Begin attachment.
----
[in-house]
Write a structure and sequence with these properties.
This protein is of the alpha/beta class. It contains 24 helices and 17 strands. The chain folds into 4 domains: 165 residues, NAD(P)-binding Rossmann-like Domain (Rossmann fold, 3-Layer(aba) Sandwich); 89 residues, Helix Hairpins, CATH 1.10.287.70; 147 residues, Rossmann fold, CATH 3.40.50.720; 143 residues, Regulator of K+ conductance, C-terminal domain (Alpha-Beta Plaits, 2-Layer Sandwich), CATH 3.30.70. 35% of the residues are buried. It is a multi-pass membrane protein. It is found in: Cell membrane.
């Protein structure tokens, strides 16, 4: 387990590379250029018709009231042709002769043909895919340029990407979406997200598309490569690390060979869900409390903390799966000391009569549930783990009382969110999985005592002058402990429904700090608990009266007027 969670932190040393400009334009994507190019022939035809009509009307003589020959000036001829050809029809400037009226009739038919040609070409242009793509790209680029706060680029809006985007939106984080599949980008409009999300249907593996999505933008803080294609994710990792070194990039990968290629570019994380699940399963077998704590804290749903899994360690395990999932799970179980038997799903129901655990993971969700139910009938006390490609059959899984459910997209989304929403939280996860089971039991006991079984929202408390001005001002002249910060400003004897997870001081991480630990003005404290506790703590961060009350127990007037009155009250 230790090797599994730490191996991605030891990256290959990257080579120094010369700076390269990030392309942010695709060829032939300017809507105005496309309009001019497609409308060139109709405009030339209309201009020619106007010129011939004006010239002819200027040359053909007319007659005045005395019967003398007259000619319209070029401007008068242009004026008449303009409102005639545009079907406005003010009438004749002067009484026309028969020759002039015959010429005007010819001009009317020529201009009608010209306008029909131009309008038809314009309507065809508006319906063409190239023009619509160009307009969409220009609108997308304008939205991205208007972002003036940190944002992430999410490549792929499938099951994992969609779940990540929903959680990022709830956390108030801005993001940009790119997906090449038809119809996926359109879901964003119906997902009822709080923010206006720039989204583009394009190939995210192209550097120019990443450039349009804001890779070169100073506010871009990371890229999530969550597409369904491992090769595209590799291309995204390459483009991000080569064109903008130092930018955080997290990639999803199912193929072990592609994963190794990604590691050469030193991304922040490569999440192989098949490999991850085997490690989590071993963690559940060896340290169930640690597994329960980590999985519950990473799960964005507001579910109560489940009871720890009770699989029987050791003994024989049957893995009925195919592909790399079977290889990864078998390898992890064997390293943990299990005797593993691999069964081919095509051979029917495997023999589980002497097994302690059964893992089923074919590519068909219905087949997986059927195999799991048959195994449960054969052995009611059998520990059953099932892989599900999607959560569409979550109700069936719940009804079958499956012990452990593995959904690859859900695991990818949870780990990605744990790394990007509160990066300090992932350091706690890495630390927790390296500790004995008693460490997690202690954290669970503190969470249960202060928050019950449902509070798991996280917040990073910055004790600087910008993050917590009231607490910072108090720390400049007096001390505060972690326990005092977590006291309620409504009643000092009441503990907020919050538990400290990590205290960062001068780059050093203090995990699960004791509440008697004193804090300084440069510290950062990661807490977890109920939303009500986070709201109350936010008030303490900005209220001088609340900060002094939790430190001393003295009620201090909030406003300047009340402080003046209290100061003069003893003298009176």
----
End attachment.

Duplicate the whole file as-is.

[in-house]
Write a structure and sequence with these properties.
This protein is of the alpha/beta class. It contains 24 helices and 17 strands. The chain folds into 4 domains: 165 residues, NAD(P)-binding Rossmann-like Domain (Rossmann fold, 3-Layer(aba) Sandwich); 89 residues, Helix Hairpins, CATH 1.10.287.70; 147 residues, Rossmann fold, CATH 3.40.50.720; 143 residues, Regulator of K+ conductance, C-terminal domain (Alpha-Beta Plaits, 2-Layer Sandwich), CATH 3.30.70. 35% of the residues are buried. It is a multi-pass membrane protein. It is found in: Cell membrane.
């Protein structure tokens, strides 16, 4: 387990590379250029018709009231042709002769043909895919340029990407979406997200598309490569690390060979869900409390903390799966000391009569549930783990009382969110999985005592002058402990429904700090608990009266007027 969670932190040393400009334009994507190019022939035809009509009307003589020959000036001829050809029809400037009226009739038919040609070409242009793509790209680029706060680029809006985007939106984080599949980008409009999300249907593996999505933008803080294609994710990792070194990039990968290629570019994380699940399963077998704590804290749903899994360690395990999932799970179980038997799903129901655990993971969700139910009938006390490609059959899984459910997209989304929403939280996860089971039991006991079984929202408390001005001002002249910060400003004897997870001081991480630990003005404290506790703590961060009350127990007037009155009250 230790090797599994730490191996991605030891990256290959990257080579120094010369700076390269990030392309942010695709060829032939300017809507105005496309309009001019497609409308060139109709405009030339209309201009020619106007010129011939004006010239002819200027040359053909007319007659005045005395019967003398007259000619319209070029401007008068242009004026008449303009409102005639545009079907406005003010009438004749002067009484026309028969020759002039015959010429005007010819001009009317020529201009009608010209306008029909131009309008038809314009309507065809508006319906063409190239023009619509160009307009969409220009609108997308304008939205991205208007972002003036940190944002992430999410490549792929499938099951994992969609779940990540929903959680990022709830956390108030801005993001940009790119997906090449038809119809996926359109879901964003119906997902009822709080923010206006720039989204583009394009190939995210192209550097120019990443450039349009804001890779070169100073506010871009990371890229999530969550597409369904491992090769595209590799291309995204390459483009991000080569064109903008130092930018955080997290990639999803199912193929072990592609994963190794990604590691050469030193991304922040490569999440192989098949490999991850085997490690989590071993963690559940060896340290169930640690597994329960980590999985519950990473799960964005507001579910109560489940009871720890009770699989029987050791003994024989049957893995009925195919592909790399079977290889990864078998390898992890064997390293943990299990005797593993691999069964081919095509051979029917495997023999589980002497097994302690059964893992089923074919590519068909219905087949997986059927195999799991048959195994449960054969052995009611059998520990059953099932892989599900999607959560569409979550109700069936719940009804079958499956012990452990593995959904690859859900695991990818949870780990990605744990790394990007509160990066300090992932350091706690890495630390927790390296500790004995008693460490997690202690954290669970503190969470249960202060928050019950449902509070798991996280917040990073910055004790600087910008993050917590009231607490910072108090720390400049007096001390505060972690326990005092977590006291309620409504009643000092009441503990907020919050538990400290990590205290960062001068780059050093203090995990699960004791509440008697004193804090300084440069510290950062990661807490977890109920939303009500986070709201109350936010008030303490900005209220001088609340900060002094939790430190001393003295009620201090909030406003300047009340402080003046209290100061003069003893003298009176």